Also, extra curricular activities do not matter, Oxford focuses on academic ability alone. However, they expect you to be extremely interested in a particular subject for you to have read a book on it and done stuff in your spare time. So in a way, extra curricular does matter but only if it's very relevant to what course you take.

Hope that helps :P
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e2014
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#17
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(Original post by Joshua-P)
Since we're on the subject of Oxford, I recently met with Eleanor Reeves (admissions officer of Oxford). The placements are around 1 in 5 people who get in, so you have to be excelling yourself. However, they focus greatly on A-Level results and a set amount of A* in GCSE isn't required - it's all about your potential and ability to continue to strive and be motivated. I'm currently in Year 10 and am also looking to get all A* in GCSE or at least 9.

Also, extra curricular activities do not matter, Oxford focuses on academic ability alone. However, they expect you to be extremely interested in a particular subject for you to have read a book on it and done stuff in your spare time. So in a way, extra curricular does matter but only if it's very relevant to what course you take.

Hope that helps :P
Thanks so much, this did help and was reassuring haha. How many gcses are you taking overall?
Also, if they mainly focus on a levels, what distinguishes an oxford successful candidate from the rest? Surely many people are capable of getting A*A*A*, so how do they choose who they want from the vast amount of people, and what type of people do they turn down?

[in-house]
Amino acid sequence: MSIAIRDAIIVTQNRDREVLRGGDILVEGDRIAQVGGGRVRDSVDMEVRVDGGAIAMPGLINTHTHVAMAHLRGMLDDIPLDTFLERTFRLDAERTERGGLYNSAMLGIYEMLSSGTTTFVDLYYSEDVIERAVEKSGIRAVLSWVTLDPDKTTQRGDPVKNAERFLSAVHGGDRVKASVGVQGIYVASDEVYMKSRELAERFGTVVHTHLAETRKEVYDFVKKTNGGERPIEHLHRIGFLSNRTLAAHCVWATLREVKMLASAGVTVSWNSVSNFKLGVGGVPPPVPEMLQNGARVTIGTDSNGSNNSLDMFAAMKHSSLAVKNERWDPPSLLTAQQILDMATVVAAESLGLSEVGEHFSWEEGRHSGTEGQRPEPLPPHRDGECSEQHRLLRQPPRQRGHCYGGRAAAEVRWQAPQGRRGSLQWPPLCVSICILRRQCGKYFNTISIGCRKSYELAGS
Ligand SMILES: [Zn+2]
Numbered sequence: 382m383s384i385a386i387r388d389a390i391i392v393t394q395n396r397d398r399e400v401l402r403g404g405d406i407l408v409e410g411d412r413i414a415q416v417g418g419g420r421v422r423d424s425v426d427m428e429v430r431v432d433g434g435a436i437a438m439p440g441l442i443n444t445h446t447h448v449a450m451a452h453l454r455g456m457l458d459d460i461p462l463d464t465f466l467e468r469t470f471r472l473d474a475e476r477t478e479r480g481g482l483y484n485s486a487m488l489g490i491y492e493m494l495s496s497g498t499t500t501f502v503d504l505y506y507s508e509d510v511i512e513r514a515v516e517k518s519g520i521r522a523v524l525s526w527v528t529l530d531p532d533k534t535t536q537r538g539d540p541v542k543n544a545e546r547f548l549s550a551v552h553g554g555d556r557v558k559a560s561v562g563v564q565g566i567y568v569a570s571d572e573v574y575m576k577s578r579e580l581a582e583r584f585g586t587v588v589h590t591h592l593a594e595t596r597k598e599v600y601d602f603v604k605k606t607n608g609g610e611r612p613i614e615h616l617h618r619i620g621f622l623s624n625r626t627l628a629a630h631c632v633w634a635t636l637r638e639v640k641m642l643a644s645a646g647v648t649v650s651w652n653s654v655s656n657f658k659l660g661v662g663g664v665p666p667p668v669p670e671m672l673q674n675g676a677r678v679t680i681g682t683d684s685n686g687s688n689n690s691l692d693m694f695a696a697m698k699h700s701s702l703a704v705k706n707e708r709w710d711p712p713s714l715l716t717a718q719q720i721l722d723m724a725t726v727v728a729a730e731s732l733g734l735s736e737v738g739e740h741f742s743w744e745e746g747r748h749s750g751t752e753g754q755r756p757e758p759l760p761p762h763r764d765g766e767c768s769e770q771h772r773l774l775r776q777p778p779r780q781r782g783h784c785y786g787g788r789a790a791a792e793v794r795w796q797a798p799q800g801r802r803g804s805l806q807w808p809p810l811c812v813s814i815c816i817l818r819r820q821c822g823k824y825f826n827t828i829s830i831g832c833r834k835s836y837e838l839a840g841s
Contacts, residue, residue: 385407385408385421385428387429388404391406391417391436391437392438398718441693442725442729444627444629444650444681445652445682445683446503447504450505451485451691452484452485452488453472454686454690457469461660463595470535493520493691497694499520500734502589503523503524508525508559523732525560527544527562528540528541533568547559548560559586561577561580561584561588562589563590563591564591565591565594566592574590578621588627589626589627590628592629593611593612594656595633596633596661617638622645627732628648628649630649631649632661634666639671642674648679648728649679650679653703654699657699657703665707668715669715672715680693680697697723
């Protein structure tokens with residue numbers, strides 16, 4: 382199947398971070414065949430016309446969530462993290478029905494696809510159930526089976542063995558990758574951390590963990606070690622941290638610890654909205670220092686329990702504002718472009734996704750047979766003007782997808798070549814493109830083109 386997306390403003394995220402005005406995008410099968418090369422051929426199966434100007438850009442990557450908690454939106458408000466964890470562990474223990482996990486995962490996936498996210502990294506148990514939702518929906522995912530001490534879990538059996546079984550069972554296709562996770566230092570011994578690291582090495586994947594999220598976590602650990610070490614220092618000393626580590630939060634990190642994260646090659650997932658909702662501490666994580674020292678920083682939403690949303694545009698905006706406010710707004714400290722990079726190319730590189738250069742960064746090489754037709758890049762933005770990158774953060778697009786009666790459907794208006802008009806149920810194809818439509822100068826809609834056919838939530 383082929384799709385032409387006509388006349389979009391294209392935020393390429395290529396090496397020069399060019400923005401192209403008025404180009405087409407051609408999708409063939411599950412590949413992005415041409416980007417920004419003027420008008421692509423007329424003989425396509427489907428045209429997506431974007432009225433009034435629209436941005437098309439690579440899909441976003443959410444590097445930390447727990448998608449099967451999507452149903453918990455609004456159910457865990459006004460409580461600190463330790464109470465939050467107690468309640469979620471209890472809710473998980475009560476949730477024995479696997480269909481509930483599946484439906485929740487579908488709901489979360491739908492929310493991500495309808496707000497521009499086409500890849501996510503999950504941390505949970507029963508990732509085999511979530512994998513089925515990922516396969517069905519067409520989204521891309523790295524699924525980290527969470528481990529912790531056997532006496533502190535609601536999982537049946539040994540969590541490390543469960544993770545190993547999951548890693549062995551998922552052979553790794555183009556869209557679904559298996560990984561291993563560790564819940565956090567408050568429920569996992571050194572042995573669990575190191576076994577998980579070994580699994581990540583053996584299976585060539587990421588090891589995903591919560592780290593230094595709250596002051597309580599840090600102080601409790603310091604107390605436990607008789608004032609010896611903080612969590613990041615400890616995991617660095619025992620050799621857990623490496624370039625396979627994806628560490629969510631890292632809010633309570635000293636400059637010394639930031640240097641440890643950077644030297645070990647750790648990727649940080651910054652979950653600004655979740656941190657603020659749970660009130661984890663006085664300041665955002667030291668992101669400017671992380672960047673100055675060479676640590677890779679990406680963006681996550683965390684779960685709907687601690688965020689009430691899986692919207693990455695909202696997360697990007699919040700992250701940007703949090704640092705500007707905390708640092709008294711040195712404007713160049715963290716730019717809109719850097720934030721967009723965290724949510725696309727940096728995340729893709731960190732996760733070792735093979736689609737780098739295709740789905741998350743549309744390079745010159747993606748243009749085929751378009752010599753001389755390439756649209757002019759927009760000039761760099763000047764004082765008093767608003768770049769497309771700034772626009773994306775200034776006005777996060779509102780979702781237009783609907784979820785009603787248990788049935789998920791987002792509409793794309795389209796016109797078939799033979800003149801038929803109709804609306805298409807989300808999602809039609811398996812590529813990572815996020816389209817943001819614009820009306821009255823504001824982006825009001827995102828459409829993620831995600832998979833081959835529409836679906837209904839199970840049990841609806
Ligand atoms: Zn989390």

With a pursued passion in my subject though, especially from a young age, will my chances be fair if I'm getting good grades alongside that?

I'm also only doing 9 gcses. This is fine, right?
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Joshua-P
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#18
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#18
(Original post by e2014)
Thanks so much, this did help and was reassuring haha. How many gcses are you taking overall?
Also, if they mainly focus on a levels, what distinguishes an oxford successful candidate from the rest? Surely many people are capable of getting A*A*A*, so how do they choose who they want from the vast amount of people, and what type of people do they turn down?
With a pursued passion in my subject though, especially from a young age, will my chances be fair if I'm getting good grades alongside that?

I'm also only doing 9 gcses. This is fine, right?
I'm doing English (English Lang, English Lit), Triple Science (Chem, Bio and Physics), Geography, Spanish, RE, Maths, Art and Computing, so 11 in total providing I haven't accidentally forgotten any.

Also, they tend to turn down those who don't show potential, and the tutor who you have an interview with has to favour you. Moreover, you have to do well in the entrance exams too.

Also, yes if you have excellent grades plus a great personal statement, you have very good chances. I recently met with someone who got 9 A* and 2 A's and previously went to my school and is now in Oxford as well as meeting with some other undergraduates. You have to be very passionate.

Also, that'll be fine, as they look at your A-Levels mostly.
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VioletPhillippo
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#19
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#19
Hiya,
If you have gone ahead and picked Latin don't worry you'll be fine, especially if you have a humanities brain . The main aspects are the vocab and grammar learning for translation, learning/memorising the set texts and learning source material about Roman history/culture. I'm in year 11 doing Latin and I'm on track for an A* so if you ever need any help just ask.
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Vav Sartrean Po
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#20
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#20
Grades don't actually matter unless your extremely thick. A student applied for medicine at Oxford and he got rejected. He had like 7 A level A* and 14 GCSE A*s..